Lovely heroine, Jessamine Barry, daughter of a vicar no less, is tempted, and gives in to vanity when she allows a flattering knave to draw her away from her standards.
You may have noted my journalistic headline-style title, and the 30 word summary with which I started this post. I don’t know if I got your attention, but the book “A Heart’s Rebellion” got my attention as a wonderful read. And since it has simmered in my heart and mind for a few weeks, a marvelous truth-filled spiritual theme has surfaced from the book’s delight-filled sea of lavish plot, setting, and characterization.
The hero, Lancelot Marfleet, is a Christlike man. However, he is not deliciously handsome like so many romance heroes. But from Scripture, we learn that our Lord himself was not particularly attractive or handsome:
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“He had no beauty or majesty to attract us to Him,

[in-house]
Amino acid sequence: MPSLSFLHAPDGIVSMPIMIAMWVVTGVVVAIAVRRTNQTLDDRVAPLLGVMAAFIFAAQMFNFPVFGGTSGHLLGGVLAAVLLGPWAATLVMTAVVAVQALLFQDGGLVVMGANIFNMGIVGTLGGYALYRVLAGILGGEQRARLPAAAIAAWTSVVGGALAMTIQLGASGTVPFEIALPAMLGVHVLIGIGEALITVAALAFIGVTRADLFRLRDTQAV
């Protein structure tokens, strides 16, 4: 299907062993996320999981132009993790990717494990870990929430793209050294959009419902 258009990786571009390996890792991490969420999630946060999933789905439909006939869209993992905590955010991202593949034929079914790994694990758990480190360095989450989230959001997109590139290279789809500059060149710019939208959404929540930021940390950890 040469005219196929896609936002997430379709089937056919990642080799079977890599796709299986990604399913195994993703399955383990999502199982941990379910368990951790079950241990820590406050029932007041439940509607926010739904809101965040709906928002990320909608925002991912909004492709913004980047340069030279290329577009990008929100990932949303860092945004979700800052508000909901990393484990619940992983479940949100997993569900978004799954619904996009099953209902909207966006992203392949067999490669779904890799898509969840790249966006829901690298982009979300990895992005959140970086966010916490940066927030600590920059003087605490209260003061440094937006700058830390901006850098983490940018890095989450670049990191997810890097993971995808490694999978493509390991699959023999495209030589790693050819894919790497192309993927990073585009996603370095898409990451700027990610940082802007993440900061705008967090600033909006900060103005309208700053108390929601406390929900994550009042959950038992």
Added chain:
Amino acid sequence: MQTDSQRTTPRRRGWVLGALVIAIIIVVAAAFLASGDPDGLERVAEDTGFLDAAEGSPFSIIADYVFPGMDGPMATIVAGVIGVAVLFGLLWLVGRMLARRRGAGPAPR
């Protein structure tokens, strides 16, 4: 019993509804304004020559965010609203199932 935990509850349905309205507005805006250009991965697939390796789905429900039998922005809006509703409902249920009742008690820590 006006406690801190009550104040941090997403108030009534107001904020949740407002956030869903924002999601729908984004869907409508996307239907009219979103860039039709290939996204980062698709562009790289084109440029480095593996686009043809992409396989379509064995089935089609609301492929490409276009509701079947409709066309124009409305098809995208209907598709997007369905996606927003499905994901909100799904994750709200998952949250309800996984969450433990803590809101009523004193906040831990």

nothing in His appearance that we should desire Him.”
The heroine is Jessamine Barry, who sidetracks onto a tangent of worldliness, seeking satisfaction in being admired by a man…any man.
She reminds me of Folly, a name which could be used for Jessamine as she leaves her family home for the bright lights of London. She also discards the teachings of her youth:
“The wisest of women builds her house, but Folly with her own hands tears it down.” Proverbs 14:1
Lancelot, in his Christlike way, shows grace to Jessamine, is patient, long-suffering, and kind, even when she is not. He ultimately rescues her from her sin and gives her a way out. He draws her to himself in love and completely saves her. For me, this chain of events makes this book even more worthwhile for the picture of redemption shown through the character of Lancelot.
To celebrate the release of A Heart’s Rebellion, author Ruth Axtell will be giving away two copies of her book. The first giveaway ended Monday, March 24 at midnight, and the second ends Monday, March 31 (today) at midnight. To enter the giveaway, answer the following question in the comments below:
Giveaway Question: The hero in A Heart’s Rebellion, Lancelot Marfleet, has a hobby, which is botany. What is a famous botanical garden in London, which existed in regency times?
Also, If you’ve read the book, did you notice any other Christlike attributes of the hero? I’d love to read your comments on this post, Thanks for your time, Susan Karsten